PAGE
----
Prayer of Easter

Deel Op

In Israel today us the Memorial of the Shoah, in which the massacre of the Jewish people in the Nazi concentration camps is remembered.


Reading of the Word of God

Alleluia, alleluia, alleluia

Christ is risen from the dead
and will die no more.
He awaits us in Galilee!

Alleluia, alleluia, alleluia

Acts 4,13-21

They were astonished at the fearlessness shown by Peter and John, considering that they were uneducated laymen; and they recognised them as associates of Jesus; but when they saw the man who had been cured standing by their side, they could find no answer. So they ordered them to stand outside while the Sanhedrin had a private discussion. 'What are we going to do with these men?' they asked. 'It is obvious to everybody in Jerusalem that a notable miracle has been worked through them, and we cannot deny it. But to stop the whole thing spreading any further among the people, let us threaten them against ever speaking to anyone in this name again.' So they called them in and gave them a warning on no account to make statements or to teach in the name of Jesus. But Peter and John retorted, 'You must judge whether in God's eyes it is right to listen to you and not to God. We cannot stop proclaiming what we have seen and heard.' The court repeated the threats and then released them; they could not think of any way to punish them, since all the people were giving glory to God for what had happened.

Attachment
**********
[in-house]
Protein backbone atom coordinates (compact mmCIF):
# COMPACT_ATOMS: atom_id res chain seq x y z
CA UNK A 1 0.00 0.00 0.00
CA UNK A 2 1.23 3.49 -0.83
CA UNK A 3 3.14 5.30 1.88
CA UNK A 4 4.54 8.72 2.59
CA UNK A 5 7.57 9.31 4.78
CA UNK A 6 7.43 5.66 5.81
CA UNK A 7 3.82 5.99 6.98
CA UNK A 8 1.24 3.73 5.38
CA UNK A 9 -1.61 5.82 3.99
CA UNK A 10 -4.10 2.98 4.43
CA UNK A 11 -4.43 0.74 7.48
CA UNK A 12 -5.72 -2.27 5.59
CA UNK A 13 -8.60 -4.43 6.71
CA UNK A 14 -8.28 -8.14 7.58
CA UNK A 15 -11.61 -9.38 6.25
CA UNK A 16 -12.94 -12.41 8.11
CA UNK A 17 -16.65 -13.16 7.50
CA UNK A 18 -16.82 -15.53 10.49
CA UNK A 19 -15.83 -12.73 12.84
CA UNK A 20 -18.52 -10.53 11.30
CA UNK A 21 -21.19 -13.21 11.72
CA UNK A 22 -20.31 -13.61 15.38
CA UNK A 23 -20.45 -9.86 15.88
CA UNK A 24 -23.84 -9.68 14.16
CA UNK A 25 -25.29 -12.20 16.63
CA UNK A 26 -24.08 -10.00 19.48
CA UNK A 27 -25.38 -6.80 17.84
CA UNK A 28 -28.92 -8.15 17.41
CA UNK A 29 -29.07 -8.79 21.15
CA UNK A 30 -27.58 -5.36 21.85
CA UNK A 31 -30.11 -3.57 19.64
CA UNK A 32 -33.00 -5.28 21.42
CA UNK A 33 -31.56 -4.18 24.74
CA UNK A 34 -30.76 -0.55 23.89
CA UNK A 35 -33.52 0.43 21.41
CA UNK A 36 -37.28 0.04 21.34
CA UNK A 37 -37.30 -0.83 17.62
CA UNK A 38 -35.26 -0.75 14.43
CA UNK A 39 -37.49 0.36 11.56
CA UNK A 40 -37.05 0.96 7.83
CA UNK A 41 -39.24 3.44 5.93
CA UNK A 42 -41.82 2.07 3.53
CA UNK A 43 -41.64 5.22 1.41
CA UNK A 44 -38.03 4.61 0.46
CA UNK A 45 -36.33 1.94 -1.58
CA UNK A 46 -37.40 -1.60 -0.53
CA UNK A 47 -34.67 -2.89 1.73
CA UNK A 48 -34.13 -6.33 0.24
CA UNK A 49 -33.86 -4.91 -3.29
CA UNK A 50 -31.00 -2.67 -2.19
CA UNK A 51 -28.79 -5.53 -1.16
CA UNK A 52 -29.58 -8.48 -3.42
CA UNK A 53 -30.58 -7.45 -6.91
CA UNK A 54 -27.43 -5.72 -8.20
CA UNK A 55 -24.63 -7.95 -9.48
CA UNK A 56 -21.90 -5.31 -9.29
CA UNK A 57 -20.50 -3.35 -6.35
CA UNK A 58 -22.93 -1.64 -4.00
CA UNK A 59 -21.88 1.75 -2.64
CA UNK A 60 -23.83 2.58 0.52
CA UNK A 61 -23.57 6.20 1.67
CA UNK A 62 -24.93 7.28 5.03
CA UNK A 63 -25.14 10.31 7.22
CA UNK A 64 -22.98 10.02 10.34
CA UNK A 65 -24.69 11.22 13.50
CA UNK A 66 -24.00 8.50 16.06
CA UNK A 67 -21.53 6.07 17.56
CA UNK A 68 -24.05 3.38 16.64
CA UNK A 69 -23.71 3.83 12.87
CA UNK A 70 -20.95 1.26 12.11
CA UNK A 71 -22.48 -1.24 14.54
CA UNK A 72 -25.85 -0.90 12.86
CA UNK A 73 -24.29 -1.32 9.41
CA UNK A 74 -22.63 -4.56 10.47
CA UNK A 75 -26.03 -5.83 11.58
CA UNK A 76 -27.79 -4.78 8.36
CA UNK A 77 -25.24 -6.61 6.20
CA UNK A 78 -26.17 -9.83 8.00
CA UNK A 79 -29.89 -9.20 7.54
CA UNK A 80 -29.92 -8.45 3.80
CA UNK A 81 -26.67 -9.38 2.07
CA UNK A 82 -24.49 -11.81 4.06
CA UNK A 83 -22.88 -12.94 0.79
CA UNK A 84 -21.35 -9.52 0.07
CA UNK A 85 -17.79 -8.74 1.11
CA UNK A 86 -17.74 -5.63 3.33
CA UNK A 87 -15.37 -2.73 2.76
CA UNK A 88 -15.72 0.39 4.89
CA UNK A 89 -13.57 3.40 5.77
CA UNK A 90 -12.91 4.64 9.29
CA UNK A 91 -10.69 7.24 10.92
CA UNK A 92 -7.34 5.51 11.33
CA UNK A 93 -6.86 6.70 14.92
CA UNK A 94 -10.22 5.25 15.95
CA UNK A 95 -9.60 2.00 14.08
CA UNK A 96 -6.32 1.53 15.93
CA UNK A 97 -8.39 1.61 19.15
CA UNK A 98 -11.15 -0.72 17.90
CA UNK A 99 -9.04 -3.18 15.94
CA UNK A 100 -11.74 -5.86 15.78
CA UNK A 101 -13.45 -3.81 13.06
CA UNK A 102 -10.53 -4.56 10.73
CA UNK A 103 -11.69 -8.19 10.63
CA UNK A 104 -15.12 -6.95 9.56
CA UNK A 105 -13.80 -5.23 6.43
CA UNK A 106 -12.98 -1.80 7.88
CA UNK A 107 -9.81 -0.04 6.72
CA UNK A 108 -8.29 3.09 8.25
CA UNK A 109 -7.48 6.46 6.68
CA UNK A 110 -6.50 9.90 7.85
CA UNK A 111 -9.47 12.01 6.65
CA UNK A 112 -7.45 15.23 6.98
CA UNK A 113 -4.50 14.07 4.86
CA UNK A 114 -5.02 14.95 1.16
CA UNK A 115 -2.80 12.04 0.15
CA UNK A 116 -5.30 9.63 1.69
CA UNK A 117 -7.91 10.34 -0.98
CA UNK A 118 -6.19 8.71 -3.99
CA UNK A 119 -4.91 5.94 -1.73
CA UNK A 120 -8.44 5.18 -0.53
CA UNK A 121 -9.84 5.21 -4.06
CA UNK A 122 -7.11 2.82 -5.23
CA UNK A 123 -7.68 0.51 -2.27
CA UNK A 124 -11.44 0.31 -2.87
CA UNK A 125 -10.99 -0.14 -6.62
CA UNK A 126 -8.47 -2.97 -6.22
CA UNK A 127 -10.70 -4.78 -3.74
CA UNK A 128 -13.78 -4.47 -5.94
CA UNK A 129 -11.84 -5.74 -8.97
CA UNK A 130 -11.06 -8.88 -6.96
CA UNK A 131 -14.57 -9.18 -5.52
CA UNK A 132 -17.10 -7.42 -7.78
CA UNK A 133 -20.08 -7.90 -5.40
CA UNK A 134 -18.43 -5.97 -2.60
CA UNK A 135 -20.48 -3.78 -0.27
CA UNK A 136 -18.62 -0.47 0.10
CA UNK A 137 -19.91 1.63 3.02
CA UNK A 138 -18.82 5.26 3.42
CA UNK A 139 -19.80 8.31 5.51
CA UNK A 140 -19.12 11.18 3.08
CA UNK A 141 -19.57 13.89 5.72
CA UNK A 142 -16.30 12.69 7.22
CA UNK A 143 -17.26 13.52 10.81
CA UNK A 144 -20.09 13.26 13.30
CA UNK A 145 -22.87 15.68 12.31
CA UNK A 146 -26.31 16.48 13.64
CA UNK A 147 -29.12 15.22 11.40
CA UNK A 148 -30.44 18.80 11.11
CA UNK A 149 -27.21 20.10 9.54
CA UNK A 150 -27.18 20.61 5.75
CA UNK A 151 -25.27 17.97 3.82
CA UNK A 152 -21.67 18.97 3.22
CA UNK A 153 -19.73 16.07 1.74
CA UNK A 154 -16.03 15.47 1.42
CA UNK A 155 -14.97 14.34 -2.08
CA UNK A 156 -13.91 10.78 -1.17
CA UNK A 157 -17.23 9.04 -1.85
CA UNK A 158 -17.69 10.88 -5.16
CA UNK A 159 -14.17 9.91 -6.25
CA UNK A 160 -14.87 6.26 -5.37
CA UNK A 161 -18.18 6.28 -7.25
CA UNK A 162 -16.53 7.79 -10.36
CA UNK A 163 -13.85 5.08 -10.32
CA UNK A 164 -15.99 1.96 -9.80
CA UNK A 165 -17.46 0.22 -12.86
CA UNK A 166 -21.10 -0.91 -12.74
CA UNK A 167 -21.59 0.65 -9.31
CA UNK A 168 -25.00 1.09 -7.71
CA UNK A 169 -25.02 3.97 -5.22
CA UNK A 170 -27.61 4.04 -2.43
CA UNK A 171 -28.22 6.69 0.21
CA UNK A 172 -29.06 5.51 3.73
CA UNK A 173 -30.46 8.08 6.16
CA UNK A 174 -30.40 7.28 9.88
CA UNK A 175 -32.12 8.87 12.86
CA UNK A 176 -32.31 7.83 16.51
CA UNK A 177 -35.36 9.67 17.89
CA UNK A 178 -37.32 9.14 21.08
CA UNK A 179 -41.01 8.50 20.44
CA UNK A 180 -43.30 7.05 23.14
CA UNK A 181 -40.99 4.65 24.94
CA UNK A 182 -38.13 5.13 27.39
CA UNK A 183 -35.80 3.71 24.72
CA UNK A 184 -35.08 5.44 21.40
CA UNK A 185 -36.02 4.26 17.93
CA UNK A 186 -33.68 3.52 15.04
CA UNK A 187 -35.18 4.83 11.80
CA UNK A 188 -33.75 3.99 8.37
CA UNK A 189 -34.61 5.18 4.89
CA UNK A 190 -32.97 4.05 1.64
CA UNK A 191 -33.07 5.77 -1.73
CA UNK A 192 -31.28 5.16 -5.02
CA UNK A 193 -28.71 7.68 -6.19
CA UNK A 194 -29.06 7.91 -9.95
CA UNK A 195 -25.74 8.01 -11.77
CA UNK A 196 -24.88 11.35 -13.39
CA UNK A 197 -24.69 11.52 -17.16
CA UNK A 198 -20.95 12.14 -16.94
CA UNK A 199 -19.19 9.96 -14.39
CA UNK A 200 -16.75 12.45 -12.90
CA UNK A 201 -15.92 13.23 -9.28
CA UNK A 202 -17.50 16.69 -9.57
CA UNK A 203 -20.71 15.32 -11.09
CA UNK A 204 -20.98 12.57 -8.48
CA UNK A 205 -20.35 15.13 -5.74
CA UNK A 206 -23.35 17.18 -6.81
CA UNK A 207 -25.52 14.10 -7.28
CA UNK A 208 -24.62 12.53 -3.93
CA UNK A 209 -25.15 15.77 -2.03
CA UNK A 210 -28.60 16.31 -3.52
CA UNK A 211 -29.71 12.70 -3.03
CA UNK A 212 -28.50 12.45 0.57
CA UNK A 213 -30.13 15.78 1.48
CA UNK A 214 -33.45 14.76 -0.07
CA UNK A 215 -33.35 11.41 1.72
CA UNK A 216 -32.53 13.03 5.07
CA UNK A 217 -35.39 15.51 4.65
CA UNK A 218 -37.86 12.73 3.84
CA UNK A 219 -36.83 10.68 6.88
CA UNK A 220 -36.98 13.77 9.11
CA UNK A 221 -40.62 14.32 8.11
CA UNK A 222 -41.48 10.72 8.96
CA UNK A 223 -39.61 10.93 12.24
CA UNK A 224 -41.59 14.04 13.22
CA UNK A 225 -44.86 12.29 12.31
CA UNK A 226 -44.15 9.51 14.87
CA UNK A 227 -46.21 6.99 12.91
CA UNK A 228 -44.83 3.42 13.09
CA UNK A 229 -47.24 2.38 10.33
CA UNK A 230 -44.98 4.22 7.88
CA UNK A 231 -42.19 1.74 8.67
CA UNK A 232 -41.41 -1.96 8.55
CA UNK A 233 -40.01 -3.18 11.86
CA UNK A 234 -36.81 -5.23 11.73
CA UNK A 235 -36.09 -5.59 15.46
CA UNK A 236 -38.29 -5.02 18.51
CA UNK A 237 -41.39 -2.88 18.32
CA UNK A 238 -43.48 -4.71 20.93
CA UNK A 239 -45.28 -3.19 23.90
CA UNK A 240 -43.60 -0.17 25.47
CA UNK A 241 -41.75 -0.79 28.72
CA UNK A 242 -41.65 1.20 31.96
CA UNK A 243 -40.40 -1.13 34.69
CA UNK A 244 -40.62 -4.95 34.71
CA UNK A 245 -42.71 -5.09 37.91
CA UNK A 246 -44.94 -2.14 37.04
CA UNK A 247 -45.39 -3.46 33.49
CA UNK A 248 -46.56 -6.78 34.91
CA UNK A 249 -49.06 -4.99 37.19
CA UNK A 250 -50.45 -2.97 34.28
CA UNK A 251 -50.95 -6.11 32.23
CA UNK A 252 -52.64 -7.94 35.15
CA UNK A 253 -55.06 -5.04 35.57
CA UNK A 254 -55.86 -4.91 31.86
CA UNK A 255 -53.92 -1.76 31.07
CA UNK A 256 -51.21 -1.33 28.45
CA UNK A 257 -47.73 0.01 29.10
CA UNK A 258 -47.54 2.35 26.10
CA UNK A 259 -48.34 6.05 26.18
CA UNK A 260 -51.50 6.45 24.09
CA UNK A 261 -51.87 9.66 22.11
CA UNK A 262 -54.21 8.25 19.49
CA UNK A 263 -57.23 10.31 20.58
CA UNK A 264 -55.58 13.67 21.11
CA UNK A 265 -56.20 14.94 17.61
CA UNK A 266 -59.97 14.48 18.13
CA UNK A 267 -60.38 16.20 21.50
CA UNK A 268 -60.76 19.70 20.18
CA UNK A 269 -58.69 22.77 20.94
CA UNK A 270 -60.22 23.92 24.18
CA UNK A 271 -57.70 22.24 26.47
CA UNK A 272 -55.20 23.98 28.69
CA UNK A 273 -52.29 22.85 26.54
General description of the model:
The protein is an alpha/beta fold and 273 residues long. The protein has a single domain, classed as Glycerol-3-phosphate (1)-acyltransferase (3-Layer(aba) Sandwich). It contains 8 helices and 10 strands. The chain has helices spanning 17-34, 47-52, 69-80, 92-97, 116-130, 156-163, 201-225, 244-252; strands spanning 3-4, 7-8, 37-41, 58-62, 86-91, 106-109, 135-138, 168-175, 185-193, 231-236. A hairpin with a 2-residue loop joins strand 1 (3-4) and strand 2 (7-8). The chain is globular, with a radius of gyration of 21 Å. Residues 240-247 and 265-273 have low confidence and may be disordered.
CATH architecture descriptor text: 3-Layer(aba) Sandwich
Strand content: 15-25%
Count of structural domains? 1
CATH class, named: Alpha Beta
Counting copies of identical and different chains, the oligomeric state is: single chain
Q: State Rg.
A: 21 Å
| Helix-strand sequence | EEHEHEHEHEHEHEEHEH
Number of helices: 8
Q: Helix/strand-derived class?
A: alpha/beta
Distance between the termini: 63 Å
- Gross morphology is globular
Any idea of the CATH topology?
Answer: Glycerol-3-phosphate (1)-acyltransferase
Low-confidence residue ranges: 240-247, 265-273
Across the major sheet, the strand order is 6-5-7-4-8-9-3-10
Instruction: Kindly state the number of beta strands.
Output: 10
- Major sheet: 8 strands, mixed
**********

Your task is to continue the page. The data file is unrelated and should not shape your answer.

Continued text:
Alleluia, alleluia, alleluia

Christ is risen from the dead
and will die no more.
He awaits us in Galilee!

Alleluia, alleluia, alleluia

The story of Peter's and John's interrogation before the elders and scribes continues after the healing of the crippled man who had been cured. They are amazed at the "boldness" with which the disciples of Jesus responded to their requests and also by their abilities given that they were "uneducated and ordinary men." Acts notes the strength of the two disciples' words, witnessed also by the man who had been cured. The novelty was evident: those judges find themselves before the results of the Gospel's effectiveness.
There is also amazement and fear over the people's possible reaction if they had condemned them. Those elders seek therefore to scare with threats. But the Gospel had deeply changed the hearts of Peter and John: they had become strong after the descending of the Spirit. "Whether it is right in God's sight to listen to you rather than to God, you must judge; for we cannot keep from speaking about what we have seen and heard." This is not an arrogant or irritated response. It is simply a witness to the truth of one's experience of life and it is an example of how to communicate the Gospel. Peter and John know well that they cannot stay silent anymore: they are not afraid anymore. Silence would have meant their being foreign to the Gospel. Whoever has the Gospel in their heart cannot help but communicate it, even at the cost of their lives. But they must do it in a respectful and effective way. Christianity is a work of attraction more than convincing.